August is “go time” for deer hunters in South Carolina, and most are making final preparations for the 2016 season opener. Opening day redefines the phrase “go time” because hunters seeking unpressured deer have more than ample opportunities.
Guide Robert McCarley of Georgetown’s Reel Tight Charters hit the water on a crystal-clear, summer morning, making a short jog to an area where he quickly collected a tub of finger-size mullet and a couple dozen jellyball jellyfish, the latter being a favorite food of spadefish, both of which show up as the water temperature climbs in the summer.
Many of the die-hard bass fishermen who call Lake Greenwood home or rank it among their top lakes would likely classify August as their least-favorite month to fish. It’s hot, and the recreational boat traffic reaches a crescendo in the last month of summer vacation.
Hearing the word “Shark!” screamed may strike fear into the hearts of Lowcountry swimmers, but it is music to the ears of their angling counterparts, especially this time of year when the heat has slowed a lot of fishing action for many species.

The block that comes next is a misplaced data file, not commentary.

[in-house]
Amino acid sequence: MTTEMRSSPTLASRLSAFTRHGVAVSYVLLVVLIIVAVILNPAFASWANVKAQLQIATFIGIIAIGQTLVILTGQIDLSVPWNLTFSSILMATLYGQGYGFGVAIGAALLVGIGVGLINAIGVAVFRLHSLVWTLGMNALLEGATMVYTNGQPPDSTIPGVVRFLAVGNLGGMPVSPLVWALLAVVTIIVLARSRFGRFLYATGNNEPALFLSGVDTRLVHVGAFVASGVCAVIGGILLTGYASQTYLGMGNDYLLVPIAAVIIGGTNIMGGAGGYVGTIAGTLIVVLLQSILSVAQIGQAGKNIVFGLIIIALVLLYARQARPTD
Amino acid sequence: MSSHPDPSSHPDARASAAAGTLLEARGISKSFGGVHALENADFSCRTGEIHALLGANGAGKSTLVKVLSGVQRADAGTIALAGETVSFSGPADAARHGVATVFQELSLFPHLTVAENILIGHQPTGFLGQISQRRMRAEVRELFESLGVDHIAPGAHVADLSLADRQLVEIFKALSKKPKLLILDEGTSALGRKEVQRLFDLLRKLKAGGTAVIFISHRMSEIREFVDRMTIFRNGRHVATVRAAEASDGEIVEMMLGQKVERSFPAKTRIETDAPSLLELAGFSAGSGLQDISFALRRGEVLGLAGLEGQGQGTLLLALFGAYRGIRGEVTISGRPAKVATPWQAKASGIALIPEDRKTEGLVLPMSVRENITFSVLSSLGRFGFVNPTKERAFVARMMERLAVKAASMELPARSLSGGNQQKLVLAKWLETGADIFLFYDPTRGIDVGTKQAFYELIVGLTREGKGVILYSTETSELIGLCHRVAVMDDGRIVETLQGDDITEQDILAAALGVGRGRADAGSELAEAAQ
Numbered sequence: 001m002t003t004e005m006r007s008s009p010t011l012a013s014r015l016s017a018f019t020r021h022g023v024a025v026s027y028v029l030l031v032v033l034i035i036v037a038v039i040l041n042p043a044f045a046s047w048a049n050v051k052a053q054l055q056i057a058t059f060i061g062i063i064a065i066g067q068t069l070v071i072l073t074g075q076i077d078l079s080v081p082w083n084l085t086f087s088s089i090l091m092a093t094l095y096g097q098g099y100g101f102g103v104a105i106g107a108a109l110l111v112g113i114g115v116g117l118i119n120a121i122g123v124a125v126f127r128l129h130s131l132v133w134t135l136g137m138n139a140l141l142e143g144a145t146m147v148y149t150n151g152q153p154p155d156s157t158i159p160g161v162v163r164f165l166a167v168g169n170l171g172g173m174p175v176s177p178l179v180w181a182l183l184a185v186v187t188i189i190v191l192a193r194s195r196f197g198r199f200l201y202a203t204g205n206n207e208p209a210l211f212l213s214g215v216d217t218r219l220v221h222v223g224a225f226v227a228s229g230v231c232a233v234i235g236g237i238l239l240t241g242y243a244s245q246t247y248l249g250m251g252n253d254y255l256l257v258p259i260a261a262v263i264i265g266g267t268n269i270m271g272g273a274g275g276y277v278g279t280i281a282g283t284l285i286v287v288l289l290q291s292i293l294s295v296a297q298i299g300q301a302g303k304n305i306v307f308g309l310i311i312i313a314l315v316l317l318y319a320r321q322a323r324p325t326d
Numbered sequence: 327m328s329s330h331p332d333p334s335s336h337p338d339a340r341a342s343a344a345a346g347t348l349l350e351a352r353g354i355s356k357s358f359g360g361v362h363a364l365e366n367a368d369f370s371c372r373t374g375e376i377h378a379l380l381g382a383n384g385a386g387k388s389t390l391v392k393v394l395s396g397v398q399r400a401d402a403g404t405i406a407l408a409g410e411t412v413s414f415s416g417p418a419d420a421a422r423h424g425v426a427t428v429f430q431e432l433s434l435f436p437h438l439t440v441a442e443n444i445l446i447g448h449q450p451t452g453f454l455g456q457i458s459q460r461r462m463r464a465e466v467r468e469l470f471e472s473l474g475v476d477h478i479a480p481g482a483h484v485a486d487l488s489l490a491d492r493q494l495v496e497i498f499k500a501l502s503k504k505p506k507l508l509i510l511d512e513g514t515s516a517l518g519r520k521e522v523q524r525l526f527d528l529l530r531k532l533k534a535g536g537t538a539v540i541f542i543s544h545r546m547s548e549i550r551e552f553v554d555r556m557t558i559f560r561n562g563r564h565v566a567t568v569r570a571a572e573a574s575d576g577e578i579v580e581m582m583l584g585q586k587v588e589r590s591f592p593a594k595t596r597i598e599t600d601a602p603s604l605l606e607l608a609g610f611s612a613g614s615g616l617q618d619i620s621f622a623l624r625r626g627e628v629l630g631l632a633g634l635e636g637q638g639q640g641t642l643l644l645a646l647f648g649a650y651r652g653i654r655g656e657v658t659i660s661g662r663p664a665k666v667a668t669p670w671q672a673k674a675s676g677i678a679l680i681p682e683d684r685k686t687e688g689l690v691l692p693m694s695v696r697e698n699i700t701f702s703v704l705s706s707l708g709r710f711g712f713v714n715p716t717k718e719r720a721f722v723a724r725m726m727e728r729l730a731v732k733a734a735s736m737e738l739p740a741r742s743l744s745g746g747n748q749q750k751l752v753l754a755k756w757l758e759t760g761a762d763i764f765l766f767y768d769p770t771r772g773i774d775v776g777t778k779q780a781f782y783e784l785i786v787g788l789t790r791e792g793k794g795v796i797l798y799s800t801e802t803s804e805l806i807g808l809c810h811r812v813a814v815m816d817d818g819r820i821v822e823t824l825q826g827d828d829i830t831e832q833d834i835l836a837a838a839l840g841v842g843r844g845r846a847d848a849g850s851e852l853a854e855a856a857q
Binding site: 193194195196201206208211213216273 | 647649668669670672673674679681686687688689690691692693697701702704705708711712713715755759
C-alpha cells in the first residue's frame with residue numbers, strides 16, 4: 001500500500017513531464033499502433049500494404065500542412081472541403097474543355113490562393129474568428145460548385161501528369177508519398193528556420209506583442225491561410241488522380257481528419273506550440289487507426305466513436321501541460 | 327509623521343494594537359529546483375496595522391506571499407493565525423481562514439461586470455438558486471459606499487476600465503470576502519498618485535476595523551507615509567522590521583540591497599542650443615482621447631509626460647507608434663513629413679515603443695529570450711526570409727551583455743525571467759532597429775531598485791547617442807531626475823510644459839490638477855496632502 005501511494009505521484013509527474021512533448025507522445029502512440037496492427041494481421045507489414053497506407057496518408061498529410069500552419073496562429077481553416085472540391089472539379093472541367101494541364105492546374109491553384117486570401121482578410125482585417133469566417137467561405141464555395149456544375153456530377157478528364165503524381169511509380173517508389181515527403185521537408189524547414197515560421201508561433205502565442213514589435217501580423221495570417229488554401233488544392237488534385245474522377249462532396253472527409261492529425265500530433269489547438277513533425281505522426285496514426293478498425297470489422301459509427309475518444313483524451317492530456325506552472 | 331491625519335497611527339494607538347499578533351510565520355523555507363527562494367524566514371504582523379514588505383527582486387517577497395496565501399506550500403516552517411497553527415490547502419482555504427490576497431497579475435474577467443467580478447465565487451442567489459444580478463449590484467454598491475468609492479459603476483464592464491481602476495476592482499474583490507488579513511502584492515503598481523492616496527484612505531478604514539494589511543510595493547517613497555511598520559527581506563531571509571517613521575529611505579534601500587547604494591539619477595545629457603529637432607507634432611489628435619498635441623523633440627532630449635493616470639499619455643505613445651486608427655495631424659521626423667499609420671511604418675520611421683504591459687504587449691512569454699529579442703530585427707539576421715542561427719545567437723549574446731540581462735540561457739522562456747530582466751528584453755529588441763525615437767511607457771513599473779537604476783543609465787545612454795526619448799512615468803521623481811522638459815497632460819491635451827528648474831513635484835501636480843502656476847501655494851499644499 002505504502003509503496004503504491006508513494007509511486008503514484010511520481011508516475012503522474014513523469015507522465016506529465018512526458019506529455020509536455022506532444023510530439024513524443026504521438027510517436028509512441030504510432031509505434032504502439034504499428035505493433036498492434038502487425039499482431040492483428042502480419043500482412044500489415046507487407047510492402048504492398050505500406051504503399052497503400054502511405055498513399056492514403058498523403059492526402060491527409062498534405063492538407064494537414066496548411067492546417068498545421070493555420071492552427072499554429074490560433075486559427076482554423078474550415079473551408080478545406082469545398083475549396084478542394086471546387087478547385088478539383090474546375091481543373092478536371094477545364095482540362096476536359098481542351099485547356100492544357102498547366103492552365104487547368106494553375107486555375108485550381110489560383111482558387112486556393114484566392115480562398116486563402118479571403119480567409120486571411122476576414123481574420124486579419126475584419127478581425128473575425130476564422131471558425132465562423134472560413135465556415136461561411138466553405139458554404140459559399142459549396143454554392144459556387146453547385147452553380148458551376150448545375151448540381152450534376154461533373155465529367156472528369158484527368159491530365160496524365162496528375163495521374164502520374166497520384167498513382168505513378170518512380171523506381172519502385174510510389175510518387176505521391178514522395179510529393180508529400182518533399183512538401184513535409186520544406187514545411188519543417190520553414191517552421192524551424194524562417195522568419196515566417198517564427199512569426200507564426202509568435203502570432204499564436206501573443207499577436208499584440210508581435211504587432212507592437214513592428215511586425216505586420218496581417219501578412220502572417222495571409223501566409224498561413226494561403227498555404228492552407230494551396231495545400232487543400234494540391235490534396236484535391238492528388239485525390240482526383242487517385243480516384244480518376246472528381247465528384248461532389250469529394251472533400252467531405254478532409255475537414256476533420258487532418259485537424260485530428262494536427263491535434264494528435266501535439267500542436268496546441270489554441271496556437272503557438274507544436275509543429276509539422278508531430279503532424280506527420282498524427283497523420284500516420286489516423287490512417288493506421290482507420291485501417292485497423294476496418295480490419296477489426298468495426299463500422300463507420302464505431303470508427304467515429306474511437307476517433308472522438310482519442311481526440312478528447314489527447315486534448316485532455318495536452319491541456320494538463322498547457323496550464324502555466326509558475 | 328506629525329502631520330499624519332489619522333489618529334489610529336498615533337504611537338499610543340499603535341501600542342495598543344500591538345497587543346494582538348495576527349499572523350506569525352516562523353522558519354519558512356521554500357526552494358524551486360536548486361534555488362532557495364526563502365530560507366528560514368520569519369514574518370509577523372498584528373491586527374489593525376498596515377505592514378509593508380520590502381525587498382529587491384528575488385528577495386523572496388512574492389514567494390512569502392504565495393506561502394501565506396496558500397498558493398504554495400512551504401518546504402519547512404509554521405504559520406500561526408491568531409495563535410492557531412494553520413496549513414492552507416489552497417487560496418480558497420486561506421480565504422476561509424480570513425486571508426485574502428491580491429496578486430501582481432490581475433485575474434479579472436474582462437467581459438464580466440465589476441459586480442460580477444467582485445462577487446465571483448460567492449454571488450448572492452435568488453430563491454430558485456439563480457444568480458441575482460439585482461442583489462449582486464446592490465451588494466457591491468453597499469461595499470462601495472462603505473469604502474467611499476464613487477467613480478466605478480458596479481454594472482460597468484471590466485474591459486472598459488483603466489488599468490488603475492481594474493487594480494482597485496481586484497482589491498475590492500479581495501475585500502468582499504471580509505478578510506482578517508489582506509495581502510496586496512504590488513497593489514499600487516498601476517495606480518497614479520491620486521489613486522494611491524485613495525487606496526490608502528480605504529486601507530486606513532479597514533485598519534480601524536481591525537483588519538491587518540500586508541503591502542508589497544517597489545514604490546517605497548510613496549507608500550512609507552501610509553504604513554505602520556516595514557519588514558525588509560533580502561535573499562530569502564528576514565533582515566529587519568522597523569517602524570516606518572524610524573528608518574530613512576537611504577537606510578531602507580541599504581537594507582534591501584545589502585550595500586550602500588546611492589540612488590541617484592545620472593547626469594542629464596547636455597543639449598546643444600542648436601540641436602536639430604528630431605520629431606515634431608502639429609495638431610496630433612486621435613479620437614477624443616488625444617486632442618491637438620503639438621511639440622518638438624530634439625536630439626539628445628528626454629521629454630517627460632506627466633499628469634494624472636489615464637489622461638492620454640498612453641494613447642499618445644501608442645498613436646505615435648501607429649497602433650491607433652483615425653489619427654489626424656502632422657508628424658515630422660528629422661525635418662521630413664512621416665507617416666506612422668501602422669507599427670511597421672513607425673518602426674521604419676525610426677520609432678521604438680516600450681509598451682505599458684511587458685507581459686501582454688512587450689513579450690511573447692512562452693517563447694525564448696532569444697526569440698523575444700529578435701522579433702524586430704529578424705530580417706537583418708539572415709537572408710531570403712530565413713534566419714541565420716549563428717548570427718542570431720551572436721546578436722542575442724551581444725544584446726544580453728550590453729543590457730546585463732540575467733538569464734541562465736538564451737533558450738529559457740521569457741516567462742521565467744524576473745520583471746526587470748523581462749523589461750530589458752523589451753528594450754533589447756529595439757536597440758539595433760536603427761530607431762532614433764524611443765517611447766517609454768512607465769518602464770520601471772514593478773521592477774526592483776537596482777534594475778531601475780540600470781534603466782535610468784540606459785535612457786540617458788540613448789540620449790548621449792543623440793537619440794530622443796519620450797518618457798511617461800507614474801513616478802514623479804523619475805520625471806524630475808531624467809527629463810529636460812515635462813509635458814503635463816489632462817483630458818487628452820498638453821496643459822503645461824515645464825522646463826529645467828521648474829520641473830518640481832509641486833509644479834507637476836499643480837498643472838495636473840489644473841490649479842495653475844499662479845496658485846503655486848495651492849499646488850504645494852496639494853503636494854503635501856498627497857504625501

Rob Bennett of Lowcountry Inshore Charters loves to pursue sharks off Edisto Island in the dog days of summer, with blacktips and bonnetheads prime targets in August. The action is often fast and predictable, and it results in some sizable catches.
Monofilament, fluorocarbon and braided line — options are numerous, and while certain fundamentals definitely guide the decisions; there’s plenty of room for creativity and situation-specific uses. Maybe you’re trying to make a lure do something or not do something; perhaps, the habitat you’re fishing presents a concentrated set of considerations. In any case, understand that line choice can greatly impact your productivity.
Whether cooling off in the Atlantic or basking under the sun, South Carolina’s coastline creates a perfect getaway to escape the daily grind. For fisherman, there is nothing better than a trip to relieve stress and bring a few fish back home for dinner,. and for anglers looking for a new challenge who can safely navigate the Bulls Bay’s waters, the tripletail is the perfect rival.
More deer survived the 2015 hunting season, so what does that mean for the upcoming fall?